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The K7RA Solar Update


At 2256 UTC on June 16 the Australian Space Weather Forecast Centre
issued a geomagnetic warning: "The solar wind speed on UT day 15-Jun
has increased as the Earth entered a coronal hole wind stream after
15/0545UT. Increased geomagnetic activity is expected for 16-Jun
with isolated periods of G1-Minor level activity."

Earlier in the day I checked the NOAA planetary K index page, and it
showed a jump from K index of about 1.8 at 1200 UTC to about 4.1 at
1500 and again at 1800 UTC, then about 4.5 at 2100 UTC and 5.5 at
0000 UTC on June 16. At 0300 UTC it was down a bit to 5.

See, .

Solar activity declined this week, with average daily sunspot
numbers dropping from 139 to 122, while average daily solar flux
decreased from 166.8 to 154.8. This compares the current reporting
week of June 8-14 against the previous seven days.

Average daily planetary A index decreased from 7.3 to 5.7, and
average daily middle latitude A index from 8.6 to 6.7.

On June 14 reported two new sunspot groups emerging across the Sun's southeastern horizon.

Forecasters Cundiff and Trost of the U.S. Air Force 557th Weather
Wing predict solar flux at 155 on June 16-17, 160 on June 18-19,
then 155, 160 and 165 on June 20-22, 170 on June 23-25, then 168,
165 and 162 on June 26-28, 160 on June 29 through July 4, 165 on
July 5, 170 on July 6-8, then 155, 157, 153 and 160 on July 9-12,
150 on July 13-14, 155 on July 15-17, then 160 and 165 on July
18-19, and 170 on July 20-22.

Predicted planetary A index is 18, 12 and 8 on June 16-18, 5 on June
19-20, 8 on June 21-22, 5 on June 23-26, 12 on June 27-28, 5 on June
29-30, then 12 and 8 on July 1-2, 5 on July 3-7, 12 on July 8-10,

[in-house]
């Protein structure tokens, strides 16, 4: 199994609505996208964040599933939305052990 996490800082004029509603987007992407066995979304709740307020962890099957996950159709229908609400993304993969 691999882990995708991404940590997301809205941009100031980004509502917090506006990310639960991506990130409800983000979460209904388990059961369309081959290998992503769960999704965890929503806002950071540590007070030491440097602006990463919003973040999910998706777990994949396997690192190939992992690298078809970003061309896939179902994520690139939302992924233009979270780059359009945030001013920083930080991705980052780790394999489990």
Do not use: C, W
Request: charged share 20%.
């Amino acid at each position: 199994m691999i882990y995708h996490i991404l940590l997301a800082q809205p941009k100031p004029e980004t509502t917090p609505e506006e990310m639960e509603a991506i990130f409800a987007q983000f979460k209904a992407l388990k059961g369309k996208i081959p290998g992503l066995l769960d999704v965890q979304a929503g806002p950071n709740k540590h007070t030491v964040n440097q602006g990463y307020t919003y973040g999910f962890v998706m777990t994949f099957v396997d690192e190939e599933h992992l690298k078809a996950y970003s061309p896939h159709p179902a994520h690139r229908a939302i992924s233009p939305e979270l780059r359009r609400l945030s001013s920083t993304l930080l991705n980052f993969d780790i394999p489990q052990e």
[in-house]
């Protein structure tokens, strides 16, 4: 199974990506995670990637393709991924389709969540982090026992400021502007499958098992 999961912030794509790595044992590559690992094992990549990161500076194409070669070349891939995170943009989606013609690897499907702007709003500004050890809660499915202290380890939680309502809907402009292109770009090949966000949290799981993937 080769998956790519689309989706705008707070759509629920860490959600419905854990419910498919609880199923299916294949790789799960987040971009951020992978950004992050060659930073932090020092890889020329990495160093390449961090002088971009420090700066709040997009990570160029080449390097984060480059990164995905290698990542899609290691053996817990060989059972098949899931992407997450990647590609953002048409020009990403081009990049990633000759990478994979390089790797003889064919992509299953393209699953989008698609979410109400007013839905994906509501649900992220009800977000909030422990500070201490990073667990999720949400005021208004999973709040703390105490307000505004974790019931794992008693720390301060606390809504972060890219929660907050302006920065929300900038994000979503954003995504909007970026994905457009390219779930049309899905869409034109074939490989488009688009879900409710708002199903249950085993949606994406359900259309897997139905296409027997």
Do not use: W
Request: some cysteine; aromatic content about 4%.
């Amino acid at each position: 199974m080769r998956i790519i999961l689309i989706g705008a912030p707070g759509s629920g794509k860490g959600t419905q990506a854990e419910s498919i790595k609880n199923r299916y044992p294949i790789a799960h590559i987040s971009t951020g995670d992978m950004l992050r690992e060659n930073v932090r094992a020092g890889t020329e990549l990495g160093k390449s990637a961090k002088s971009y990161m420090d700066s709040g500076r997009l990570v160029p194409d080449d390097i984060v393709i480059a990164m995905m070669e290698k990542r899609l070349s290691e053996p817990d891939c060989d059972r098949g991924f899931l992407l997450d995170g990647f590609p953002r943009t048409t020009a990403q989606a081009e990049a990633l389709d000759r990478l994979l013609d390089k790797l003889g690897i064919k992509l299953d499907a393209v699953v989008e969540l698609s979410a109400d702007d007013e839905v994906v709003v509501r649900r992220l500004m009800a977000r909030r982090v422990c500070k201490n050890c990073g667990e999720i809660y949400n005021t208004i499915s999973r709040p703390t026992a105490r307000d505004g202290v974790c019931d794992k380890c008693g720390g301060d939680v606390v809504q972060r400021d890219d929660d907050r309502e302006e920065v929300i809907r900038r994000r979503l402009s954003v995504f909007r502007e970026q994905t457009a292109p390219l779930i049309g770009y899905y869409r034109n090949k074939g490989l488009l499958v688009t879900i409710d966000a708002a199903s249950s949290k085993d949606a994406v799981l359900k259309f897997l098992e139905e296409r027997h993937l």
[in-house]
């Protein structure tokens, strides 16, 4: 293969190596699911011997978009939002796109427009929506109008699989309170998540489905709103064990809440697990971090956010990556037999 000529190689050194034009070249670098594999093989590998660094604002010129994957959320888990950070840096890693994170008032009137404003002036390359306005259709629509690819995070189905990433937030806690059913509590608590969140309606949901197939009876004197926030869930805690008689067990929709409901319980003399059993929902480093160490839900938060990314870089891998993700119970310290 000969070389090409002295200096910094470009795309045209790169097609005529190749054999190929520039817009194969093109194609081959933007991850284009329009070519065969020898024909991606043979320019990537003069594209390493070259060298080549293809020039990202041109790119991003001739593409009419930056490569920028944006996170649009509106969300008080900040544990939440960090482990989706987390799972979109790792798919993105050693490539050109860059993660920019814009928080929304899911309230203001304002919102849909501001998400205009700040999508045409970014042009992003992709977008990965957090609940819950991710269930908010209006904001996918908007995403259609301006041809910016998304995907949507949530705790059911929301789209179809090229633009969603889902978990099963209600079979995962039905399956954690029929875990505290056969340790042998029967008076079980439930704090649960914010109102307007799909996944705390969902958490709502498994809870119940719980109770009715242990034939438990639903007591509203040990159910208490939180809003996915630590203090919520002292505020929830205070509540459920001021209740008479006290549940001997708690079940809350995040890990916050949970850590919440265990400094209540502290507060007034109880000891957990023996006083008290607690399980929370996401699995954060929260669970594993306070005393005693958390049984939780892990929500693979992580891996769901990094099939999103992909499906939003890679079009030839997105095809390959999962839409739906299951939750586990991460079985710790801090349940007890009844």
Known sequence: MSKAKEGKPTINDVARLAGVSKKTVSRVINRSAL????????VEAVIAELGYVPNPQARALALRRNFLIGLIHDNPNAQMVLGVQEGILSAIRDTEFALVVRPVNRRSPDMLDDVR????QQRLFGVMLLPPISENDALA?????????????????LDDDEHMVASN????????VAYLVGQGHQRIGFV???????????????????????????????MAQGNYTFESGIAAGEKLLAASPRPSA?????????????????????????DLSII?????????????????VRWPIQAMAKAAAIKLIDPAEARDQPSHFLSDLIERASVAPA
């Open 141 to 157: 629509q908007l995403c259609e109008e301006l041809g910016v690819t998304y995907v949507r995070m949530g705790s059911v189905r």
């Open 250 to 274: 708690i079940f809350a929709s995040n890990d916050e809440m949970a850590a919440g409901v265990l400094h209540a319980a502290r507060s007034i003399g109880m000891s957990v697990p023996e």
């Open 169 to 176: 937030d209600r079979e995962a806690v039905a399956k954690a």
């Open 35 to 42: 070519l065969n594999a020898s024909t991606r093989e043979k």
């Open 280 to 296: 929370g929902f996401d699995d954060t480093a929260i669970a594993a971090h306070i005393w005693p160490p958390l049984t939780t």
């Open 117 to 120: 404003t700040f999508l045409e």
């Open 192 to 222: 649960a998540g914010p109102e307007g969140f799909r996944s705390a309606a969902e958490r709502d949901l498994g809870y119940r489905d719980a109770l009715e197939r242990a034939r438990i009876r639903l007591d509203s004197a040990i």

then 5, 5, and 12 on July 11-13, and 10 on July 14-15, and 5 on July

These predictions look great for ARRL Field Day, which is June
24-25. Why? Solar flux peaks at 170 on June 23-25, and the predicted
planetary A index is a nice quiet 5 on June 22-26. Next week we will
present an updated forecast just prior to Field Day weekend.

Weekly Commentary on the Sun, the Magnetosphere, and the Earth's
Ionosphere June 16 - June 22, 2023 from F.K. Janda, OK1HH.

"The first half of June was quieter than May, both on the Sun and in
the Earth's magnetosphere and ionosphere.

"However, helioseismic maps of the far side of the Sun showed a
number of large active regions, probably sunspots. We therefore
expected an increase in activity. But that's not likely to happen
until a week from now.

"Even so, there were some rather unexpected eruptions of moderate
magnitude during the local midday, which triggered a SWF (Shortwave
Fading) that could have broken the QSO in the longer half of the
shortwave band.

"Meanwhile, we observed a coronal hole in the solar equator region
that crossed the central meridian on June 12.

"Associated with it is the co-rotating interaction region (CIR),
which are the transition zones between the slow and fast solar wind
streams. Since the accumulation of solar plasma in the solar wind
results in structures that are similar to the arrival of a CME, we
expected a geomagnetic storm on the evening of 15 June UTC. The
estimate was quite accurate - the disturbance began at 1500 UTC.

"We can expect the geomagnetic field to be active for a few more
days, including smaller storms."

K6LMN wrote:

"It was great on 6m last weekend. I was only on SSB on 6m, but I
understand it was open all over on FT8. I believe the openings were
caused by summer E-skip, not F2. I worked many, many stations in